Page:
I am lucky to have seen some fantastic artwork during those two visits. The presence of Greek Gods and Goddesses was like icing on the cake. Here’s what I found.
An Athlete wrestling with a Python
The sculpture of an athlete writing a python immediately made me think about the myth of Apollo defeating the python. Of course, from a distance, you could easily be fooled into thinking it is Apollo, but no, the artwork is called: An Athlete wrestling with a python.
The artwork’s inspiration may have been Apollo, but the general public can never be sure if that was what the artist intended.
You will notice that the feature image of an athlete wrestling with a python is shown in a different location inside the art gallery. That’s because the sculpture was moved closer to the entrance on my second visit.
This picture shows the white marble sculpture on the other side of an archway in another art gallery room. This is how I saw the statue on my first visit.
On the left side of the sculpture is a painting called Artemis and Hyperion. Artemis is the Greek Goddess of the hunt. Hyperion is one of the twelve Titan children of Gaia.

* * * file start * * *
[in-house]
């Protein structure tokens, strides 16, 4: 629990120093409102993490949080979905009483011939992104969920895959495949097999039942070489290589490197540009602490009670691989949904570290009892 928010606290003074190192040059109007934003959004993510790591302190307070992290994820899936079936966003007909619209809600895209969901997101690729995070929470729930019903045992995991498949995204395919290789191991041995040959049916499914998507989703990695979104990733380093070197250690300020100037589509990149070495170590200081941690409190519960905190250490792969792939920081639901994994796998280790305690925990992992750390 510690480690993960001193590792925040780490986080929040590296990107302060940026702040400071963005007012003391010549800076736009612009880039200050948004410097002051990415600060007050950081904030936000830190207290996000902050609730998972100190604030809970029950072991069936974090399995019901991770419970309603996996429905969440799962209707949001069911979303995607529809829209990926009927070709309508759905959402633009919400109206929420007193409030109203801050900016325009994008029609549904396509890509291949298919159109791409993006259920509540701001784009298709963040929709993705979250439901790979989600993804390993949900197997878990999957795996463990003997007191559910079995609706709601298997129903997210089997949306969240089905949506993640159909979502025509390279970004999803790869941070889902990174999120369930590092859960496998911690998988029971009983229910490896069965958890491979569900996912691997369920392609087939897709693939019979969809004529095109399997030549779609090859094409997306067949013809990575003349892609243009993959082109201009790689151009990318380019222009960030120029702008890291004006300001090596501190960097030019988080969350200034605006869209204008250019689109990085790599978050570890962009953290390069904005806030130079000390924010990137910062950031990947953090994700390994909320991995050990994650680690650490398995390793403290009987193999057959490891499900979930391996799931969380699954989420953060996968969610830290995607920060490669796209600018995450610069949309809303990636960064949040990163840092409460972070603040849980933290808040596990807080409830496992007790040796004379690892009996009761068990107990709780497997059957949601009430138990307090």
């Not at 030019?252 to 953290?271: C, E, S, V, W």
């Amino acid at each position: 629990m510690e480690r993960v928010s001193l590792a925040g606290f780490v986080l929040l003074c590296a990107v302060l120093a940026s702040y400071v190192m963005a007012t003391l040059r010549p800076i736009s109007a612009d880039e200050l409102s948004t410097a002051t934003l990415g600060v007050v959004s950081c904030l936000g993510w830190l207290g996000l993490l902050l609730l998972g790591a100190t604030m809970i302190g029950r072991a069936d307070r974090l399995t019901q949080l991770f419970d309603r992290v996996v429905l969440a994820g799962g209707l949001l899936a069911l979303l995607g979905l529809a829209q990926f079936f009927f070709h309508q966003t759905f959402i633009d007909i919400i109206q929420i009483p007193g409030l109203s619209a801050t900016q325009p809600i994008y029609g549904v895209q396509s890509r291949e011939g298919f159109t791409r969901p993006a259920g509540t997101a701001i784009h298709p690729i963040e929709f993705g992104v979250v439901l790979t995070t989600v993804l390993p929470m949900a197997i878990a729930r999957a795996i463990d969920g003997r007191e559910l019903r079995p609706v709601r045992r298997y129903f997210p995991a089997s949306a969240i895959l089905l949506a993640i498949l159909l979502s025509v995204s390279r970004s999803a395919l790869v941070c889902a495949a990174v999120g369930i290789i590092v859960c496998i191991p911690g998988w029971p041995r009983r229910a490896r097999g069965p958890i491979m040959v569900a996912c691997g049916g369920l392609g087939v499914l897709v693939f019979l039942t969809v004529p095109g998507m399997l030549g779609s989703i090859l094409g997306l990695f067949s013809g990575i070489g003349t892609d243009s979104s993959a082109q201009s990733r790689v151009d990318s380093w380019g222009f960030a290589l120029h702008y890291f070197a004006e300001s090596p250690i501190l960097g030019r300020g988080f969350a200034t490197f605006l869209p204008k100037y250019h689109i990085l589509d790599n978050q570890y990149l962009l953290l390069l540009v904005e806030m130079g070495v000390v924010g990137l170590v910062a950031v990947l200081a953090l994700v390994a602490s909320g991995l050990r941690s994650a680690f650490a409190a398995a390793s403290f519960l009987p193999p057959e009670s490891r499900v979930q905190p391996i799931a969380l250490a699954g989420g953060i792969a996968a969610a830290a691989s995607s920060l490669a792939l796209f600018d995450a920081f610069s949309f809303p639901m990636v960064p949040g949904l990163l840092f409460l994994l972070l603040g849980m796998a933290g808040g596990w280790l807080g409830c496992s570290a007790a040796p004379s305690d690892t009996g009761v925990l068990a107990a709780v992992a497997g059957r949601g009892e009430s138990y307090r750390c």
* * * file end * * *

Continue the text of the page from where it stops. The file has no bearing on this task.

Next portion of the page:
On the right side of the sculpture is a painting of Diogenes by John William Waterhouse.
I’m so glad I got to see the marble sculpture of an athlete wrestling with a python when it was framed by two Greek mythology artworks, one on either side.
Artist: Lord Frederic Leighton
The love story of Psyche and Cupid is one of the most famous Greek myth love stories.
This exquisite-looking bronze sculpture of Psyche shows her resting on a rock.
Artist: Eva Benson
Date: circa 1919
The oil on canvas painting shows Pan, the goat god, playing the flute. Pan is entertaining some nymphs, which can be seen listening and dancing to the pleasurable music. A few of Pan’s friends can also be seen dancing with the nymphs.
Artist: Sydney Long
Wild Pan Greek God Symbol (and Powers) should not be underestimated.